Robert Sterner

Credentials: Studying the fundamentals of synaptic plasticity or the ability of synapses to change in response to use and previous activity patterns is valuable as we aim to obtain a mechanistic understanding of the molecular processes underlying information processing, working memory, and behavior. My project focuses on a particular form of short-term presynaptic plasticity called paired-pulse facilitation (PPF), which is defined as an increased probability of neurotransmitter release in response to the second stimulus of two closely spaced stimuli. My project aims to provide the first direct evidence of the identity of the calcium sensor for PPF through altering and tuning the calcium binding kinetic properties of the most likely candidate sensor for PPF. The knowledge gained from this work has the potential to provide new tools and insights that could be applied to determine how PPF functions in information processing, working memory, behavior, and neuropsychiatric diseases.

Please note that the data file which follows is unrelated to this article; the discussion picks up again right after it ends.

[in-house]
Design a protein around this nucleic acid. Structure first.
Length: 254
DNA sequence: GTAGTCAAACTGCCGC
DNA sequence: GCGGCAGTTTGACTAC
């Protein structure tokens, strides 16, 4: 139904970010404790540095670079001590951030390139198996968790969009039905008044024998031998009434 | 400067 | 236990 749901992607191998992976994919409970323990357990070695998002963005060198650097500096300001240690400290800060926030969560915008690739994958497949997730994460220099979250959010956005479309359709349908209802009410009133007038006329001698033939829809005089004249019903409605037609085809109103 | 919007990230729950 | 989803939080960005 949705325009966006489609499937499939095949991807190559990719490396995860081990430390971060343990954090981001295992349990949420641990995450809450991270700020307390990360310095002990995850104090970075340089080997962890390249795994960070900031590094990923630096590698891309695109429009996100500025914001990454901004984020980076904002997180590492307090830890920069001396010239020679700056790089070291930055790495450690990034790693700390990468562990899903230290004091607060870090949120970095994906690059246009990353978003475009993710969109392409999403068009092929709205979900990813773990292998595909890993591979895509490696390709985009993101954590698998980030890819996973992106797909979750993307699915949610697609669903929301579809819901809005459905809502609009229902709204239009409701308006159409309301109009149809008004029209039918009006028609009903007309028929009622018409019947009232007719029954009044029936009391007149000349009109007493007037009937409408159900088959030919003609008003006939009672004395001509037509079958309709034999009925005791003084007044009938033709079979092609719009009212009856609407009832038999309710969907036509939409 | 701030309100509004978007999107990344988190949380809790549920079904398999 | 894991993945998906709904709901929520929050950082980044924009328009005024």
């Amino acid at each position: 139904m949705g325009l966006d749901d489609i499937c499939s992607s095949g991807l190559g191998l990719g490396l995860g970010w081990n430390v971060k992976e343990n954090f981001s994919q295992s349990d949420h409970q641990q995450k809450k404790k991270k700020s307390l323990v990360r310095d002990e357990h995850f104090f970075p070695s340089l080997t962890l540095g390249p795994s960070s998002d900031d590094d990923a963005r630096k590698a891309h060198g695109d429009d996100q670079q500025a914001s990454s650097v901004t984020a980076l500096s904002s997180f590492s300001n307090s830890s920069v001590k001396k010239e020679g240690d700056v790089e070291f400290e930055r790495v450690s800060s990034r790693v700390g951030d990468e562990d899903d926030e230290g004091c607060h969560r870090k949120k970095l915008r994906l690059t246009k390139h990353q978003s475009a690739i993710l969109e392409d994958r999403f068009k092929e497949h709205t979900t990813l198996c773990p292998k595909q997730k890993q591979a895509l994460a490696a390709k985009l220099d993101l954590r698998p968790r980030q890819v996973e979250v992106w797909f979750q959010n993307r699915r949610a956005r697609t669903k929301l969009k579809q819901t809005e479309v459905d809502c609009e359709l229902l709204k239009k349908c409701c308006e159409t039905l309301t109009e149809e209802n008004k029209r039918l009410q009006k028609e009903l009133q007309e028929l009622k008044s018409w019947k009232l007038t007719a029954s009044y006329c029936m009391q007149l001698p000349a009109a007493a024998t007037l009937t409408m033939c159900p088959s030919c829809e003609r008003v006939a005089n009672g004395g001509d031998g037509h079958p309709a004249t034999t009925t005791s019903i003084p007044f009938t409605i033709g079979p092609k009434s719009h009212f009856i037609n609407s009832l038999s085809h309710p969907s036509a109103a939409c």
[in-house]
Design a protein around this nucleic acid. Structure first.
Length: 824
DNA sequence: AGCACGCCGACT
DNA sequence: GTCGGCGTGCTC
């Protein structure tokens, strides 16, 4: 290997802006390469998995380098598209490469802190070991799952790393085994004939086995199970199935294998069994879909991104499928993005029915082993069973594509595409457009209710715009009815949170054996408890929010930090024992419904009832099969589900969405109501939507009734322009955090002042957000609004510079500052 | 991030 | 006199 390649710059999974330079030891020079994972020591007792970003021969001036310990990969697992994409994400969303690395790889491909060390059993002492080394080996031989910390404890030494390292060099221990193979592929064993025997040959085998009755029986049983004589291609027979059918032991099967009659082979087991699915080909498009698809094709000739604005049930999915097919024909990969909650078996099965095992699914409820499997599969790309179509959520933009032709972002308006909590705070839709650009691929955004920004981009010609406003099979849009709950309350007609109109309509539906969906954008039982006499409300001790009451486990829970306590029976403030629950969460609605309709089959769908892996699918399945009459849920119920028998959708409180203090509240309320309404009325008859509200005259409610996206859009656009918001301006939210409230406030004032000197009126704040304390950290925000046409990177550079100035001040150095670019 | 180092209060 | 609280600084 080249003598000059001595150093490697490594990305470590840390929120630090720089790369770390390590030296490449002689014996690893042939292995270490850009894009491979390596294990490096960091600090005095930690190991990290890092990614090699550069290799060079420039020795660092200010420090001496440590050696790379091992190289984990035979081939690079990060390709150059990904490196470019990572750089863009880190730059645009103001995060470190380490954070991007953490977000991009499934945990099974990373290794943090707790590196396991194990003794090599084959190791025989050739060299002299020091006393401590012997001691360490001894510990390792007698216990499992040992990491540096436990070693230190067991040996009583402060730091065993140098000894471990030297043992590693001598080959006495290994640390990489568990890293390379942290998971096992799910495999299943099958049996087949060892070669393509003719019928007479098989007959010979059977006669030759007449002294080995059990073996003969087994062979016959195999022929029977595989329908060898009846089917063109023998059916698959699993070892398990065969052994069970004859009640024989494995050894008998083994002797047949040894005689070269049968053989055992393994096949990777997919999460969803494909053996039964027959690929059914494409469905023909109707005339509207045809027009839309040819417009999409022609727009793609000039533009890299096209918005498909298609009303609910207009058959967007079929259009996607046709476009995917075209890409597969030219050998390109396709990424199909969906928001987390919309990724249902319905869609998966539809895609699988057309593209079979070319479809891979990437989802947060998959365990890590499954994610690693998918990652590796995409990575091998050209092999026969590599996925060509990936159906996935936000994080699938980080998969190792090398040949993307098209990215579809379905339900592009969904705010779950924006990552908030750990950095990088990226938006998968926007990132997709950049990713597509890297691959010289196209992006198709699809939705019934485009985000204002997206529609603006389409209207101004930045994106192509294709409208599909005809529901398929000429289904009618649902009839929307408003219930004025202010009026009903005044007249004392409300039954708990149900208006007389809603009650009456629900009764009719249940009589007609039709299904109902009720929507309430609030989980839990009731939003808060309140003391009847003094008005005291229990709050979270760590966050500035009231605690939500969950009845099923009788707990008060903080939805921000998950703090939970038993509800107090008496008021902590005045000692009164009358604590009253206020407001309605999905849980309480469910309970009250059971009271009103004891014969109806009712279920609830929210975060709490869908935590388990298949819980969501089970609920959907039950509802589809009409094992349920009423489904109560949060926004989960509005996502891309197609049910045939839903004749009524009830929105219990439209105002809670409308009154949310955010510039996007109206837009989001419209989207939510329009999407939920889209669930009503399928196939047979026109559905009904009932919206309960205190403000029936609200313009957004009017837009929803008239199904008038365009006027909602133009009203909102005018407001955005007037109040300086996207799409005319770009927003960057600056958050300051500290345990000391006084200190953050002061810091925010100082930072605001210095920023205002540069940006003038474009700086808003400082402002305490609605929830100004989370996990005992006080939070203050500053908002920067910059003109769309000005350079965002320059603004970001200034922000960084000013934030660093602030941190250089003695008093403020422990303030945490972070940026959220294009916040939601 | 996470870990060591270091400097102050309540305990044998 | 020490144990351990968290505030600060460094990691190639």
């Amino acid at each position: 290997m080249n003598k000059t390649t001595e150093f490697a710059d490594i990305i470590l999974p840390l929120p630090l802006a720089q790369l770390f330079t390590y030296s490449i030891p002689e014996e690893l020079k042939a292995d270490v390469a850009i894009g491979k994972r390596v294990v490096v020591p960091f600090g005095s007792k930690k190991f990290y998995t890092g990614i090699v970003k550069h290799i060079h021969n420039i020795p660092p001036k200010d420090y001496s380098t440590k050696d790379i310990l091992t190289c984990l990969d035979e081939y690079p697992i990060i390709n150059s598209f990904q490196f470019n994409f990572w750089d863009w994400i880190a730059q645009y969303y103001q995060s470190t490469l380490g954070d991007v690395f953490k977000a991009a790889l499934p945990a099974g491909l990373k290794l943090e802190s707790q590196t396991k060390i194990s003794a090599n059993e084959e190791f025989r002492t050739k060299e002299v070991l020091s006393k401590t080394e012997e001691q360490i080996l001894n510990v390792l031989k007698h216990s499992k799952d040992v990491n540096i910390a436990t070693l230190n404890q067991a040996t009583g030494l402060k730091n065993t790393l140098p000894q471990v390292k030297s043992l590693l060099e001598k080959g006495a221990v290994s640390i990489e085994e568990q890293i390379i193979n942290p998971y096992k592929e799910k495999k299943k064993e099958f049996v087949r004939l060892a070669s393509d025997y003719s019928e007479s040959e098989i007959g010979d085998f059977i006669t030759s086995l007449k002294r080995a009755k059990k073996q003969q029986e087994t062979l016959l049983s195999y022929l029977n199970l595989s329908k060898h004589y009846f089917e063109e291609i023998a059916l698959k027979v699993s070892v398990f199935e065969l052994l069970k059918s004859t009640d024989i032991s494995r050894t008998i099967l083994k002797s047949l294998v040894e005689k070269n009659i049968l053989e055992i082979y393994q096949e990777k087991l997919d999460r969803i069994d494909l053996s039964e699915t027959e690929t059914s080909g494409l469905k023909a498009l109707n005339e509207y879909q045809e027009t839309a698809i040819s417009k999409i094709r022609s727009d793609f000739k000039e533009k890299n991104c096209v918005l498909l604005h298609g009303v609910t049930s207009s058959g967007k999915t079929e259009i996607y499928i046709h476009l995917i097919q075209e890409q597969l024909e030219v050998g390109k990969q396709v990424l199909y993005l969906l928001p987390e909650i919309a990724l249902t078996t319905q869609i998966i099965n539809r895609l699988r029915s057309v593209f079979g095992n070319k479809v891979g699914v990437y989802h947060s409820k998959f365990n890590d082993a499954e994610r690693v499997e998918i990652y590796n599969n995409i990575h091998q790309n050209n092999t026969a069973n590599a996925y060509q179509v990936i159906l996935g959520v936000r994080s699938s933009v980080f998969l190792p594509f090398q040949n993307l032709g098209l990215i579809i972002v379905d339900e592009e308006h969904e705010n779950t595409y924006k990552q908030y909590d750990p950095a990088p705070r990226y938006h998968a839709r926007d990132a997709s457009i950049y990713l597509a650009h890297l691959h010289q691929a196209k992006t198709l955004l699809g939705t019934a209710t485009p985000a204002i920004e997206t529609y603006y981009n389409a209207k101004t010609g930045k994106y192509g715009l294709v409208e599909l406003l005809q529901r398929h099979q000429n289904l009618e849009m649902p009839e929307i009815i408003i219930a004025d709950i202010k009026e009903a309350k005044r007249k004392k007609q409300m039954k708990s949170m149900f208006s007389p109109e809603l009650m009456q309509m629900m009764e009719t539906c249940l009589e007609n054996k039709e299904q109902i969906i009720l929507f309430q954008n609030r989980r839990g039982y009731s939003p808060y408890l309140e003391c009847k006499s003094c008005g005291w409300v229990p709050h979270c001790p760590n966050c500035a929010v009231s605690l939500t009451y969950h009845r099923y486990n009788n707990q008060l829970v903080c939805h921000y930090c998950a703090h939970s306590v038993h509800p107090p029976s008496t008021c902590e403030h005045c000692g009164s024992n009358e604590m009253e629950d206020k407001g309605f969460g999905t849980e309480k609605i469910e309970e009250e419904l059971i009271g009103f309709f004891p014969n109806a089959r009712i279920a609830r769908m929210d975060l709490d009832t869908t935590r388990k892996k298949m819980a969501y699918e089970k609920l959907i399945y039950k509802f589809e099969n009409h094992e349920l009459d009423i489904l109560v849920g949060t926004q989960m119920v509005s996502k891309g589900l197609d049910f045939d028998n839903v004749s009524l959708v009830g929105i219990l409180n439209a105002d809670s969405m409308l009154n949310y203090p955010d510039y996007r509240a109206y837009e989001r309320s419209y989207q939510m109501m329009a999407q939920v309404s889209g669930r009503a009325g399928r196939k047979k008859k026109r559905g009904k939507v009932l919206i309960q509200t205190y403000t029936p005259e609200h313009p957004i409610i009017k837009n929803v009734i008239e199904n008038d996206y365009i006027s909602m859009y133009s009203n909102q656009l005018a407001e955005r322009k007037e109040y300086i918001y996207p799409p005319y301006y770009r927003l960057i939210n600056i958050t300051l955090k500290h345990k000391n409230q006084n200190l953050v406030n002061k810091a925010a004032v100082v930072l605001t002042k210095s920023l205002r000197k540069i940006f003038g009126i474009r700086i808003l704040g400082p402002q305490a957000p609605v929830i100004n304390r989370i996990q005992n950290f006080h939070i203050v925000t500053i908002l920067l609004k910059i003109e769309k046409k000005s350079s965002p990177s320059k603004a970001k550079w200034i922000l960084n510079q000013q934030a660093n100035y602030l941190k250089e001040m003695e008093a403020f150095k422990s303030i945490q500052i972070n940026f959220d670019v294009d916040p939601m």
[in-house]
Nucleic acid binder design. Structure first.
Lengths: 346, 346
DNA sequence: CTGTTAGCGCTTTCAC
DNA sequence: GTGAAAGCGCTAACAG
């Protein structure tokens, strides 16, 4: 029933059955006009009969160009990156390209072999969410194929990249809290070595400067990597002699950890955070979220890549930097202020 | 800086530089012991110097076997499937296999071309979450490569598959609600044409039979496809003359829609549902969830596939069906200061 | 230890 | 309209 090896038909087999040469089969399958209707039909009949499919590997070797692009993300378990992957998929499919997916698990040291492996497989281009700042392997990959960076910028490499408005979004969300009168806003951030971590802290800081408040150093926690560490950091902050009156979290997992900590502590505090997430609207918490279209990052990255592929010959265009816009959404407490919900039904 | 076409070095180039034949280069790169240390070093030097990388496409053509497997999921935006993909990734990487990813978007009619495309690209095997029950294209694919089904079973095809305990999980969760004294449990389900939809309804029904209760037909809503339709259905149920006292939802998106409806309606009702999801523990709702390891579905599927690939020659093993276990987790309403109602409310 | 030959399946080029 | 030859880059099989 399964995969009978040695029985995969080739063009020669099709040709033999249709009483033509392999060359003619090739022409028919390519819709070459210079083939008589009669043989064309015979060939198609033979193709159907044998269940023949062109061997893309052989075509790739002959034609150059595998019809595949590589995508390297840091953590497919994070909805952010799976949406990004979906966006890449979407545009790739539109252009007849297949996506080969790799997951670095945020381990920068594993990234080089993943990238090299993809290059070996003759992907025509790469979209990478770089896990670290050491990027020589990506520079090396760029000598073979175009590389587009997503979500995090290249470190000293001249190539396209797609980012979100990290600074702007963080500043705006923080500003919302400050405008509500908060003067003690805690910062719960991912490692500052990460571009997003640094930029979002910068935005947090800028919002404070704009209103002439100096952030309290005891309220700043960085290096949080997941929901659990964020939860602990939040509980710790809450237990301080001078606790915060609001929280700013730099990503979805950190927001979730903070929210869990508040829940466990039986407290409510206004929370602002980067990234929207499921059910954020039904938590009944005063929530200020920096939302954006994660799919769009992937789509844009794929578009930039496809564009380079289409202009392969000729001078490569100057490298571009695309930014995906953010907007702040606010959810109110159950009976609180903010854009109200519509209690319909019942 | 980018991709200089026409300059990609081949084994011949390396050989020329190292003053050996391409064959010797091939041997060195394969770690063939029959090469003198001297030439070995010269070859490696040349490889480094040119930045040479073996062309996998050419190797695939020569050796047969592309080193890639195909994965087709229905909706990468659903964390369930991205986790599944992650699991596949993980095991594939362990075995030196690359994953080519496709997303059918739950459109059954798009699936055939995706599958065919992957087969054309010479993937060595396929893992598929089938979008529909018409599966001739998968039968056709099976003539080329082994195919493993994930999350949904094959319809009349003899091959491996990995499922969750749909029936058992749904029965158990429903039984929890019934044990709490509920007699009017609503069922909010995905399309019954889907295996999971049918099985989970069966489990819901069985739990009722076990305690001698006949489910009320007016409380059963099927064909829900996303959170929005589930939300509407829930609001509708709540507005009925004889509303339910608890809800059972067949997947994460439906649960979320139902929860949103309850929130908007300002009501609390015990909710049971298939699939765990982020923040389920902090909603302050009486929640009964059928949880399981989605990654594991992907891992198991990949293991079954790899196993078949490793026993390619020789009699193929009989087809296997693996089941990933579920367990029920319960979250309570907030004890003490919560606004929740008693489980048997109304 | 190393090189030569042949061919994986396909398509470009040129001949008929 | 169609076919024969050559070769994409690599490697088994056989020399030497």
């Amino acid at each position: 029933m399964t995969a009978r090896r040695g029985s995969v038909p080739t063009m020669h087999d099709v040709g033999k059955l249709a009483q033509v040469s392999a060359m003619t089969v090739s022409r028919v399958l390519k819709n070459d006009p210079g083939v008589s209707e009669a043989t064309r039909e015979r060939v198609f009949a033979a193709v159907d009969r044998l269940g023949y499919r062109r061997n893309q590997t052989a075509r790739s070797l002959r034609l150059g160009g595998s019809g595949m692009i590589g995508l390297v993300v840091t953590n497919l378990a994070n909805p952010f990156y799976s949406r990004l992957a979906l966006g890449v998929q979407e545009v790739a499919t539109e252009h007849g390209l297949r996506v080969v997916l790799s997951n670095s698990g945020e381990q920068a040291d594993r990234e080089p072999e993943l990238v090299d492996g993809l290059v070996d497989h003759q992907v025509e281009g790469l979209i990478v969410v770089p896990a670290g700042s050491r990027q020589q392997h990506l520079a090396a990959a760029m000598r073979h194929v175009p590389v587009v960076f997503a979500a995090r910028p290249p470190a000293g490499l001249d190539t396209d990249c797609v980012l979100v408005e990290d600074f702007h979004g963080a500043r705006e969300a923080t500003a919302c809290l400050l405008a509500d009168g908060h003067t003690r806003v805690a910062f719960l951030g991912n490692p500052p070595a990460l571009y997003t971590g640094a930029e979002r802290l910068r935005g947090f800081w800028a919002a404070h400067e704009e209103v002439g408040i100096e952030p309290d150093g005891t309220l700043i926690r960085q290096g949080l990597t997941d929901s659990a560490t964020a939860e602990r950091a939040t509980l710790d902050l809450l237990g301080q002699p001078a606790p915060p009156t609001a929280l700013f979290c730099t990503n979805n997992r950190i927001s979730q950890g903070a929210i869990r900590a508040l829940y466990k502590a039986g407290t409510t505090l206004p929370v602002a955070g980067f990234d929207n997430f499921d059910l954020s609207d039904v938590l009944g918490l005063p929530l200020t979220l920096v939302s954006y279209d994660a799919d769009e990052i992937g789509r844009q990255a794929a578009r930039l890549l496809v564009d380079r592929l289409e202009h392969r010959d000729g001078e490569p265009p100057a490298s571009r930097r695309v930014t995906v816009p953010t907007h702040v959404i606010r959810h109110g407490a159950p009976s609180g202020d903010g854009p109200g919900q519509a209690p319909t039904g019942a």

Wi Institute Medical Research
1111 Highland Ave
Madison, WI 53705

Robert Sterner headshot

Class of 2018
BS, Biochemistry, Cell and Molecular Biology; BS, Biology; BA, Chemistry – Drake University
Rothman Lab/Martin Lab